John Jervis reflects on Richard Saltoun Gallery London's Peter Cook: Cities as a retrospective exhibition that coincides with the 60-year anniversary of Archigram’s first exhibition Living City.
Cook was one of six core members of the charismatic London-based collective Archigram, formed in 1960 and, for a decade or so, leader of the architectural avant-garde in Britain. Rejecting the rigidity of form and mindset displayed by their modernist contemporaries, Archigram harked back to the radical experiments of modernism’s early years. It mixed consumerism, constructivism, Pop, technology and transience—with generous helpings of provocation and humour—to create alluring futuristic visions that foreshadowed high-tech and postmodernism.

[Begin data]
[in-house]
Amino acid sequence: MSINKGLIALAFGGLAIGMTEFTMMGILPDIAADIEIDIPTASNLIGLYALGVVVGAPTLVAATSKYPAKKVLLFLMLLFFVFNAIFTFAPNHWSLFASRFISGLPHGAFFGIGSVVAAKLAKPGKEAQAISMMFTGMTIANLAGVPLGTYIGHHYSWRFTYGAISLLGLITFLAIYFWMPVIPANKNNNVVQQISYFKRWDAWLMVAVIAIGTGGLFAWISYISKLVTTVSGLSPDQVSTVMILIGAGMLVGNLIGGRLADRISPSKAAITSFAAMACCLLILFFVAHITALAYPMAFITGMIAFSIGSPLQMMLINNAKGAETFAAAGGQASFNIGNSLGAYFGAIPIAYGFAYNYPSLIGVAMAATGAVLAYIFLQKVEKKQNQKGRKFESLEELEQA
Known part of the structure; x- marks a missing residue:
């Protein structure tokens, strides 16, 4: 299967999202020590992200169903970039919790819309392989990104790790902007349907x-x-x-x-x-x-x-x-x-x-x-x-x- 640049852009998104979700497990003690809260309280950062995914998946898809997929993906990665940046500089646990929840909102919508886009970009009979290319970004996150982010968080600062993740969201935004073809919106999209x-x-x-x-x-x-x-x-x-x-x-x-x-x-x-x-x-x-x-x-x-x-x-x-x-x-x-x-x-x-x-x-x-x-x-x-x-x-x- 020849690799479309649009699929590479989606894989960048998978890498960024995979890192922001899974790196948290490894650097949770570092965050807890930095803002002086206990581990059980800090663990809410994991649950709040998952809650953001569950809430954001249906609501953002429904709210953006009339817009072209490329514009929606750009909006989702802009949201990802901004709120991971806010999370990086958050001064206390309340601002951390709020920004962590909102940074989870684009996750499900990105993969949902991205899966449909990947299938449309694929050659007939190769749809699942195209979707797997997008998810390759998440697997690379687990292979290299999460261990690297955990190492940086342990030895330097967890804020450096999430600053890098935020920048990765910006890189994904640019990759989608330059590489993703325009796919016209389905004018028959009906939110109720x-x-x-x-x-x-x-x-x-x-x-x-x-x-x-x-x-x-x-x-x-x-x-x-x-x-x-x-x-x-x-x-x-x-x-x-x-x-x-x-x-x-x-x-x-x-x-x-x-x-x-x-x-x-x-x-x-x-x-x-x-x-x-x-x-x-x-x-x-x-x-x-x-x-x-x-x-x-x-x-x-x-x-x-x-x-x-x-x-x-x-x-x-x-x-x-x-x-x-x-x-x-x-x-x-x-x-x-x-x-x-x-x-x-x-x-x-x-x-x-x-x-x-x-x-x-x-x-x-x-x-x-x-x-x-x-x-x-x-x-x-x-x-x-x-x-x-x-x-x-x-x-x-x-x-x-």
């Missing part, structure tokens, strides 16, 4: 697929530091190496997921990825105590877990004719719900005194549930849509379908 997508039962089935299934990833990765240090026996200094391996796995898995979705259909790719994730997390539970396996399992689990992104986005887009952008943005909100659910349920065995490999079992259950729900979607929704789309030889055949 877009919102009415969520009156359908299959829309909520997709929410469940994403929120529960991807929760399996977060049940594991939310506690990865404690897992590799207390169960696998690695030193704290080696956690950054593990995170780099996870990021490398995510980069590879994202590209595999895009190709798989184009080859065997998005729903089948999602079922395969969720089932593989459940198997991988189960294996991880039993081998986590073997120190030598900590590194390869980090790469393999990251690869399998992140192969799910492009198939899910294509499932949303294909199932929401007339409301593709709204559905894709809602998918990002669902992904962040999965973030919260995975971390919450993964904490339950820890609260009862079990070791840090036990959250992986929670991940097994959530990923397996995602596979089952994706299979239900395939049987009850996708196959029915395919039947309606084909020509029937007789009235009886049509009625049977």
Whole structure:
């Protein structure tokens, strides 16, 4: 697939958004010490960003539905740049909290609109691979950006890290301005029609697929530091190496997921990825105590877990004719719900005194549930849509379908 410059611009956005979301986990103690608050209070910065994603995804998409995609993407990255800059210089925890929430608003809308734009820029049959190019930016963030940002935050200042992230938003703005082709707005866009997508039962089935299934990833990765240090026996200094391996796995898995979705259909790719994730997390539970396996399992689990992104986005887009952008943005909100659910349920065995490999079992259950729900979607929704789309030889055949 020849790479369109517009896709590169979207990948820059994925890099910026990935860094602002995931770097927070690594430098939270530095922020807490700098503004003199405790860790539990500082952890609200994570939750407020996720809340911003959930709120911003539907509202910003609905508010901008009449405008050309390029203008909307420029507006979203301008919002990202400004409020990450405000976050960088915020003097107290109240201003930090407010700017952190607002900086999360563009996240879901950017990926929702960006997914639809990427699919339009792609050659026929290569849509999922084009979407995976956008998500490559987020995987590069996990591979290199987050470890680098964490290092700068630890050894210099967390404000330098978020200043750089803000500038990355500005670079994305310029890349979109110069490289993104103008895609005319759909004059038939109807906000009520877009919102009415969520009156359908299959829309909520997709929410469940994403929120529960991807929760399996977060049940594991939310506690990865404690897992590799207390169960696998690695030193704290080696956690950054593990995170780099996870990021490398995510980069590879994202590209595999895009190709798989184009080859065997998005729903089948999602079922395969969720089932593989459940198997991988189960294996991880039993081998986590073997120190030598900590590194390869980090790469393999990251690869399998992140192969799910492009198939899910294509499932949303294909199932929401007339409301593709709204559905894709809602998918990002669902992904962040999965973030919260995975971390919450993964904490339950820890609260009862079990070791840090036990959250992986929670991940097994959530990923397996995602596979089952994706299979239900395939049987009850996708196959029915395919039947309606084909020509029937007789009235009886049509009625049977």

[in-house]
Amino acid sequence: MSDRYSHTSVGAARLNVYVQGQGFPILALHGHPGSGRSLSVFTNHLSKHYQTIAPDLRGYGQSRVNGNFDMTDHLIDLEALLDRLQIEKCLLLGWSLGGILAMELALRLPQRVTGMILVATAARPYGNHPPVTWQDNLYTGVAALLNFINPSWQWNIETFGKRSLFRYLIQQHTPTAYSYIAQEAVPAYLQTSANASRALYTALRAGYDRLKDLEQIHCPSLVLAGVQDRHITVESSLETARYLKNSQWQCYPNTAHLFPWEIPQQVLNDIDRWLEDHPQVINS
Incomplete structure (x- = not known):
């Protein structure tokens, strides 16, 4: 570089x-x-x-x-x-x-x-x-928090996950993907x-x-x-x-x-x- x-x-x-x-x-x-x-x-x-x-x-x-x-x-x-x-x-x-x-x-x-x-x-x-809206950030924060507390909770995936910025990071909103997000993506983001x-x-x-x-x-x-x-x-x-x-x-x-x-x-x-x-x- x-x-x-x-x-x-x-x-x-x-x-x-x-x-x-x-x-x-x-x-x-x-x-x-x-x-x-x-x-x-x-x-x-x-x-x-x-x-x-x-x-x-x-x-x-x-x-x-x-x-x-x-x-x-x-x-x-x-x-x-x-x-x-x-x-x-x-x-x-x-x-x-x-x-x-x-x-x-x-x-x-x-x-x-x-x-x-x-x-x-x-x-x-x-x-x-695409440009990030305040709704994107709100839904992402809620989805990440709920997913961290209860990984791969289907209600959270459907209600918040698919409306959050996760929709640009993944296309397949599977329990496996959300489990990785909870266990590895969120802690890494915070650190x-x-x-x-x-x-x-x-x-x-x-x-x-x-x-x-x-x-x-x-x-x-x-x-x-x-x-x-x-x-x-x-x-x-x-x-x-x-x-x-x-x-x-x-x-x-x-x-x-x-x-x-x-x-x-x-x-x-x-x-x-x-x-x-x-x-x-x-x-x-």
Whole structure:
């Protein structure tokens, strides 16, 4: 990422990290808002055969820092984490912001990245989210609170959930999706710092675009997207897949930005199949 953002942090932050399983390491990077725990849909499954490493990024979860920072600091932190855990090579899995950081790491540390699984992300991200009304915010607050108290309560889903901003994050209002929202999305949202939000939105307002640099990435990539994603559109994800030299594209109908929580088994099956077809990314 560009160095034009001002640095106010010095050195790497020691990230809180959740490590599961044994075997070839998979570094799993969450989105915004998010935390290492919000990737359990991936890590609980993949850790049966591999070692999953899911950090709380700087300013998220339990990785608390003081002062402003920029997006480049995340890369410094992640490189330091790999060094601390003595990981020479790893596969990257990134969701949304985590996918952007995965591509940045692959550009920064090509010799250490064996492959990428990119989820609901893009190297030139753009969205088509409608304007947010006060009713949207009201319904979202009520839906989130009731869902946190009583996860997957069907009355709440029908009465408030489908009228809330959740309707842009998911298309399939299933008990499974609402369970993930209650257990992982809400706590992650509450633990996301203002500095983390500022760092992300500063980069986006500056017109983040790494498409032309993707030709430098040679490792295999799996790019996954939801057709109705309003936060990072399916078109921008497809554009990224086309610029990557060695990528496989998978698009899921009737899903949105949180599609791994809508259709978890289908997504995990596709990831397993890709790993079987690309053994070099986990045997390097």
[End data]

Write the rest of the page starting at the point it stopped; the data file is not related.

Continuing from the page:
For Cook, this coming-together of diverse elements—organic and inorganic, practical and impractical, expected and unexpected—is liberating. It allows our drab public spaces to be reimagined, and architecture’s vocabulary to be expanded, escaping the mundanity that so often marks out mainstream British practice. And, from his Swiss Cottage Tower of 2010 onwards, there is a more concrete exploration of the potential of vegetation as architecture. Environments are grown not built, with plants engulfing facades and communication networks, leaving only jags of glass and metal structure visible. Recent works also employ a bold colour palette, enlivening Richard Saltoun’s exhibition spaces, in concert with a dramatic exploded drawing installed at the entrance, slightly impenetrable digital and VR offerings, and a likable if unexplained orange-and-black sculpture, Snake, winding across the floor.
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